As for cultural differences, picking up French has been a challenge. Paz says: “I knew it would be hard to learn a new language at my age, it’s always a bit harder! And in France people point it out to you if you don’t speak very well. So it can be a little hard but I imagined it would be – if you go to London, for example, nobody asks where you’re from.
“It’s also hard to plan in advance. Coming from Argentina we aren’t very used to that and are more likely to improvise! The French schedule things with lots of warning but in Argentina we are far more spontaneous, dropping in on friends without calling ahead. I try to do that with my sommelier friends because it’s nice to stop by, but dinners that need a little more logistics are well-planned. As for flights, we’re always late in getting those cheap prices! The Parisians already planned their summer holiday and now they’re thinking about their winter holiday!
“I’ve also had to adapt to restaurants closing very early. We are used to eating late and grabbing pizza at 1am. This is a very touristy city where everything is usually open and available but the fact that shops are often closed on Sunday and Monday attracts my attention. As I work in gastronomy and only have those days off, my consumerism is at an all-time low!”
World of wine
With regard to friends, Paz says she doesn’t know many Argentines in Paris, though her husband recently opened a Spanish language book shop. She says: “My friends here are from the world of wine, people I trained with for the sommelier contest. I connected with like-minded people with the same interests, so as to train and study with them, well, that part of the wine world is amazing because we are in direct contact. I know I don’t speak ideal French as I learnt it all here, but wine puts me in touch with people from here who work in the same industry.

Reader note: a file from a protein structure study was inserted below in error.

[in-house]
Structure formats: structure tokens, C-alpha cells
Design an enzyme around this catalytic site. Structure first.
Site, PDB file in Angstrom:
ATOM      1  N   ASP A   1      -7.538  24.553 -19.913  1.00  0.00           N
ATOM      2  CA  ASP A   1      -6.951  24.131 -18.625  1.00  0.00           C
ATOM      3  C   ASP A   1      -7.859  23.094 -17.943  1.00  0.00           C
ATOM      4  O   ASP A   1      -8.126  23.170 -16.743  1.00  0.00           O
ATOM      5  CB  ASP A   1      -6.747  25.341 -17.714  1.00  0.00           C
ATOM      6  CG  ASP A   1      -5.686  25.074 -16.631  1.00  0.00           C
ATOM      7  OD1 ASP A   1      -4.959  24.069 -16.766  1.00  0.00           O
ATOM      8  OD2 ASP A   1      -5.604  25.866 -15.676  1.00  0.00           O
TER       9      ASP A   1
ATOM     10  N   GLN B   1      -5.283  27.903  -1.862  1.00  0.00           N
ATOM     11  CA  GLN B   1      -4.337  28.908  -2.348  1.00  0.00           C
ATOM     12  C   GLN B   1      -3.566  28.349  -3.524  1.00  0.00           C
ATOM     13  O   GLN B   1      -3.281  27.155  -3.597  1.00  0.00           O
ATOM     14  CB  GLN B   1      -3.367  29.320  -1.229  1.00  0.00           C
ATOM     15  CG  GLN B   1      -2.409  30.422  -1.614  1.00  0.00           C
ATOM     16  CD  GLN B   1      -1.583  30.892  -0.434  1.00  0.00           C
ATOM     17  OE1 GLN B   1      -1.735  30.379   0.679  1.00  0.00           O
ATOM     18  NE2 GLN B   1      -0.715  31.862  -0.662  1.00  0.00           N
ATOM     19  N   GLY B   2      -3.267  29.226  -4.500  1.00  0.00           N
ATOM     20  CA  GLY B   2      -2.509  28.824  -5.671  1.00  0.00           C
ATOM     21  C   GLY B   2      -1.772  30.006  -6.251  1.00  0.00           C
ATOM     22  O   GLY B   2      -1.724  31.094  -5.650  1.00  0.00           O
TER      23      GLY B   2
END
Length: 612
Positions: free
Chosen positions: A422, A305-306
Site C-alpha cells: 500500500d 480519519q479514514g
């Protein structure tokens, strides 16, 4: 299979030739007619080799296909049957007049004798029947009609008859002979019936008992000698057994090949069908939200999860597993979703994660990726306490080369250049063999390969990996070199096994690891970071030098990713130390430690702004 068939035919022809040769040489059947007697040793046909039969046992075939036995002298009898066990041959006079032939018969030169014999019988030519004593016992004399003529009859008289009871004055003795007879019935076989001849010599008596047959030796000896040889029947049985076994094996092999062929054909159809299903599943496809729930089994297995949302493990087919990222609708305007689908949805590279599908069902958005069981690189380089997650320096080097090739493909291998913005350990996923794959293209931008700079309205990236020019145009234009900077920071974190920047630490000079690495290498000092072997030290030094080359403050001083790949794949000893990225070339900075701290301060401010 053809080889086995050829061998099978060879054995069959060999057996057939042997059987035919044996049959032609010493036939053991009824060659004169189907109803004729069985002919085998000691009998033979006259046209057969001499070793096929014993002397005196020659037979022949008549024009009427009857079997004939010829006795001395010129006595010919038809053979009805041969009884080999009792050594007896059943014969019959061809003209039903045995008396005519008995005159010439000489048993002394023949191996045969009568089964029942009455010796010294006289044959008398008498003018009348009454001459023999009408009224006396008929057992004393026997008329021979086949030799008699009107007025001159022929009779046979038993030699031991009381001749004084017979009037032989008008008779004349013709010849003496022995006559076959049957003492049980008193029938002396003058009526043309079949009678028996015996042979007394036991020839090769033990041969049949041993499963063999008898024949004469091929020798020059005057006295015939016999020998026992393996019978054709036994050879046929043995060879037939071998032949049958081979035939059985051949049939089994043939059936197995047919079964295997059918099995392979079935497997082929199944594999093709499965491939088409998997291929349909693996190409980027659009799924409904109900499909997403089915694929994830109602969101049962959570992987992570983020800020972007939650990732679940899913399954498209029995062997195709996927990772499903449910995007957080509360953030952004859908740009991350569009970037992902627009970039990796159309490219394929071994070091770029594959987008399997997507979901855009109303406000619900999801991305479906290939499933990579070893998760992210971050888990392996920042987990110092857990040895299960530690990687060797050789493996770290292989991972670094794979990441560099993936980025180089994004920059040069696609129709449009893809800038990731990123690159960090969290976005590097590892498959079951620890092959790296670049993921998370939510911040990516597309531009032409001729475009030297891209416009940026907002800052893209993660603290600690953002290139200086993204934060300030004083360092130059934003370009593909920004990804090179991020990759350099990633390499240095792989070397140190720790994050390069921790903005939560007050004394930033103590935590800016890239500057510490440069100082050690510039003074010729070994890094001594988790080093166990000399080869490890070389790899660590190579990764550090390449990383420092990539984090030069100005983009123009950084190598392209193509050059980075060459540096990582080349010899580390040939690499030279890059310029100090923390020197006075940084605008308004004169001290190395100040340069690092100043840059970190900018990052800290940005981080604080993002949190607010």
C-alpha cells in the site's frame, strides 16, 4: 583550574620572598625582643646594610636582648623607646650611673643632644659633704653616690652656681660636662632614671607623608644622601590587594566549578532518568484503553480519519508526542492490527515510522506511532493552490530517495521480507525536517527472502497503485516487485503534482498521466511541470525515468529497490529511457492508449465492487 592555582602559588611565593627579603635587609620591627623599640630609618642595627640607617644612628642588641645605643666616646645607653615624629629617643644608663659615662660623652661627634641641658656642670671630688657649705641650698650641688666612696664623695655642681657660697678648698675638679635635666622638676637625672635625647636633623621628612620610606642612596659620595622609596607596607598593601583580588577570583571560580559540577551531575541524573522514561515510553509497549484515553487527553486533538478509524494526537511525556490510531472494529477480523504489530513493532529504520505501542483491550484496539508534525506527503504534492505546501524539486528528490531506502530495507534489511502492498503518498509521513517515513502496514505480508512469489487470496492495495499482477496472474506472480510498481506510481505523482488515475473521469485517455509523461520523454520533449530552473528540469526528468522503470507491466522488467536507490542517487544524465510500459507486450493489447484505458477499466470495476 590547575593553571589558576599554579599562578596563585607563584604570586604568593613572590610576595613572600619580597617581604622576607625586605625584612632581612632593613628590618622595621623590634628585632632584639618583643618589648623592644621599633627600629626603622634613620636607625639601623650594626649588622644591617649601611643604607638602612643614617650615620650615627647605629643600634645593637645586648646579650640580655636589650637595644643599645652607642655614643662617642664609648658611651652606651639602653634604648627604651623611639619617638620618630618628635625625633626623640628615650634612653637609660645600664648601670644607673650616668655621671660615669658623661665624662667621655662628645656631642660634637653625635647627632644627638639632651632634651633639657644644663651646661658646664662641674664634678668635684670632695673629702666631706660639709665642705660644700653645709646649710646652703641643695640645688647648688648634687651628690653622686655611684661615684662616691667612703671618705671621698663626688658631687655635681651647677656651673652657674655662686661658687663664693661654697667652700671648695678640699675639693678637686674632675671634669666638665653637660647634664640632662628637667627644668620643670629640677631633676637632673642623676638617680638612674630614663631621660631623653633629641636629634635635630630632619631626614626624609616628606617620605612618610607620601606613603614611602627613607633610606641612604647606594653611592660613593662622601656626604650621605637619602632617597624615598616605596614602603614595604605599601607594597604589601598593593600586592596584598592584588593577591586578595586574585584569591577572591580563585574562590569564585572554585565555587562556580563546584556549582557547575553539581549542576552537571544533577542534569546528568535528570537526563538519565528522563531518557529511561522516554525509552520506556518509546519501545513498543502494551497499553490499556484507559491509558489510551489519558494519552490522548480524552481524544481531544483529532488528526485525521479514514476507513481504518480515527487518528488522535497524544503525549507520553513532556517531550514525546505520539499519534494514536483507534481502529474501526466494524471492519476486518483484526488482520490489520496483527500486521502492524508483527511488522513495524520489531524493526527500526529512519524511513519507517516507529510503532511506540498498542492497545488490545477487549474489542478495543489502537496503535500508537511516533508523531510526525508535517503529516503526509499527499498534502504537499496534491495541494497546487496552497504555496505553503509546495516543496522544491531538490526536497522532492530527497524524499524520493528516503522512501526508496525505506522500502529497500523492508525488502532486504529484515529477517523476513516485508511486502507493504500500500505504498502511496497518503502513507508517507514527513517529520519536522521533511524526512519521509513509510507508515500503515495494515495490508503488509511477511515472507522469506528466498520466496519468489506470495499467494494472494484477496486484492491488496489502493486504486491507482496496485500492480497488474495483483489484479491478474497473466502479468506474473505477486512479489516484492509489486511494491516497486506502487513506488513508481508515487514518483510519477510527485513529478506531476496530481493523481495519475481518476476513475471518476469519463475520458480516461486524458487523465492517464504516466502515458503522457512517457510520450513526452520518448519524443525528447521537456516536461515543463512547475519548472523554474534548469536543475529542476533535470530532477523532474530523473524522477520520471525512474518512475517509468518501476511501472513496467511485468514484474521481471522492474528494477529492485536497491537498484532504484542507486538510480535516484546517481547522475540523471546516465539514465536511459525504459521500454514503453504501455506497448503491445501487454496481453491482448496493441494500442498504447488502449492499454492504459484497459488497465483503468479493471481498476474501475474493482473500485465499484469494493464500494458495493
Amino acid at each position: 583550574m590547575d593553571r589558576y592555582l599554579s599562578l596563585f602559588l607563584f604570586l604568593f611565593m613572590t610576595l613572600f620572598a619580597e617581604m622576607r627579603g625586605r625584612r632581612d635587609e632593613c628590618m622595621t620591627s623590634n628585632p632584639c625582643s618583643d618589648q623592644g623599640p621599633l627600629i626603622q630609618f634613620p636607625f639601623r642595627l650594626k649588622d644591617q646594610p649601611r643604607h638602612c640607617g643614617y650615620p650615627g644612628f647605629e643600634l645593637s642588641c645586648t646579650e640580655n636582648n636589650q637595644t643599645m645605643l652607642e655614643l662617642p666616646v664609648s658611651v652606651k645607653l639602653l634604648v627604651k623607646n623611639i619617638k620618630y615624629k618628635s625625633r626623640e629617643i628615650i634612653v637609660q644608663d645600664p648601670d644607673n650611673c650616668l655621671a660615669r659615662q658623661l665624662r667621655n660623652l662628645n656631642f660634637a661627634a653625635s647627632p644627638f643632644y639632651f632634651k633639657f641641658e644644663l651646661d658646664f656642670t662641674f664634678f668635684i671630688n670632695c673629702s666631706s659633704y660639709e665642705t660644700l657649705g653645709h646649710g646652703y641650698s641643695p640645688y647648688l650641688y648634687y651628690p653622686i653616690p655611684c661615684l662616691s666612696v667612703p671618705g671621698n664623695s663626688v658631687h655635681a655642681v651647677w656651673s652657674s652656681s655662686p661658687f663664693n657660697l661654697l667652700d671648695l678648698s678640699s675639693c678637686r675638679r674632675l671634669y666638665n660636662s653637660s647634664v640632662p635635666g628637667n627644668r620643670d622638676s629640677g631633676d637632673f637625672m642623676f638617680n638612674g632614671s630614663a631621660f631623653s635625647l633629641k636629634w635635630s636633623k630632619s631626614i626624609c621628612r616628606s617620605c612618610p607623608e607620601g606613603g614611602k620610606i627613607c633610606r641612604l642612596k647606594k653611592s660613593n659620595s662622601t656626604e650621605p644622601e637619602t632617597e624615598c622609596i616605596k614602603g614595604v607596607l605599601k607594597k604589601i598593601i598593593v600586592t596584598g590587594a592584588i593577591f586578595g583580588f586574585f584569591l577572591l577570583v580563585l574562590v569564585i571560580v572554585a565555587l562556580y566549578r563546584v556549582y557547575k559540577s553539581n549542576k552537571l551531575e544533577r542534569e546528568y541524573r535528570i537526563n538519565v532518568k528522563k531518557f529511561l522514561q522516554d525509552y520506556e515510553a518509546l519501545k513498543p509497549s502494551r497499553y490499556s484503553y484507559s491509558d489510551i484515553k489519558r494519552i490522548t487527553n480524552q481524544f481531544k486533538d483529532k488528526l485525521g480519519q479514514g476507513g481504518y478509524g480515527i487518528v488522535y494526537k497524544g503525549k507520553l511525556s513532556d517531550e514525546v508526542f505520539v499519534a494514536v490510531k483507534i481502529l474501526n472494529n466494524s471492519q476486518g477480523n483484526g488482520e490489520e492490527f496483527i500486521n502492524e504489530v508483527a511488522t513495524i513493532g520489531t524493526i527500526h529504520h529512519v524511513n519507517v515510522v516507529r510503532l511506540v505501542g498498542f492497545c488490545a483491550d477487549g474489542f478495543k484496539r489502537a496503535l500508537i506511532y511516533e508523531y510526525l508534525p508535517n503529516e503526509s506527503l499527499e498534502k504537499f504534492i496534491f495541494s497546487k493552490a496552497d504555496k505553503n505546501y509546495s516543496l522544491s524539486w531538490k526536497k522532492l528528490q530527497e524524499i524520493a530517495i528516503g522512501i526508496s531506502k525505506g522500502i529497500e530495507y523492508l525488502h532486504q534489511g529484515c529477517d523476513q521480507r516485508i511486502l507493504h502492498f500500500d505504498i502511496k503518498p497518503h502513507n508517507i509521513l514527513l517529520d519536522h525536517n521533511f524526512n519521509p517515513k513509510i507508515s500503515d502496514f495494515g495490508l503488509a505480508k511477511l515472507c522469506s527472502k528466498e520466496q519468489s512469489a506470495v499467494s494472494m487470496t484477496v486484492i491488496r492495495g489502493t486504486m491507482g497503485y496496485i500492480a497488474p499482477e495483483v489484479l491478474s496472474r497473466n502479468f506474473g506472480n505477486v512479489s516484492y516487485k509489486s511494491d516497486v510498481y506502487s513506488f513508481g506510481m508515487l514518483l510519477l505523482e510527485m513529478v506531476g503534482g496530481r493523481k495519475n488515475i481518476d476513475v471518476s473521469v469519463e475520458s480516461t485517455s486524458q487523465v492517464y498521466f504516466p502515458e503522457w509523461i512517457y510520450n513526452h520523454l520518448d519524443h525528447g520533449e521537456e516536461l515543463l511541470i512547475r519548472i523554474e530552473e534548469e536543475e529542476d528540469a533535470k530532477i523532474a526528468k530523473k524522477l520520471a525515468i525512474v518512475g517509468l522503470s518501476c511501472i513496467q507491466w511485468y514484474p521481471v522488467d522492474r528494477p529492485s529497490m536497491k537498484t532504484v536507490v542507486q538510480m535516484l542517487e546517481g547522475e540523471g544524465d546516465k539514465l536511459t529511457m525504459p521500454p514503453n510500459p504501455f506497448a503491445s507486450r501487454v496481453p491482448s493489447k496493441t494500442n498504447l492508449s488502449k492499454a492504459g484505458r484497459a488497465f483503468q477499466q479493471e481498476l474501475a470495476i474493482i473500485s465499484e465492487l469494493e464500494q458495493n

“My husband opened a Spanish language-only book store, the only such shop in Paris: the links between Paris and Argentina are strengthening again. So we’re receiving people who come to buy books they can’t get hold of easily. The store also has a small space to showcase Latin American art – all of that is generating more Argentines coming our way!
“It’s not as easy to make friends in France as it is in Argentina. We also have Chilean friends, for example, translators, people who have been here for a long time. An Argentine friend living here married an Englishman, then moved to London: this is a city where people come and go. But fortunately working in the restaurant with the others is like being with a family.”
Besides her nearest and dearest back in Argentina, Paz says she misses the extensive countryside. “Places where there aren’t too many people or houses. It’s very populated here so I miss places like Patagonia, those wilder areas, a lot. I drink mate every day but I also miss having an asado, that ritual of getting together.”
Paz tries to escape Paris when she can, with travels usually taking her to wine regions such as Burgundy and Bordeaux. “I love staying in Dijon, it’s a gorgeous city. But a while back we went to Cap Ferret where there are oyster-farmers: I love oysters so I adore going there. I also went to Brittany as well as Bandol in the south, both places are wonderful to visit. I love it all!”
As for her most French characteristic, the fromage has it, Paz adds. “I do love taking advantage of the city, going to public swimming-pools, walking around with a baguette in my hand. And I got used to eating cheese after dessert very easily!”
Buenos Aires Herald, 21 May 2016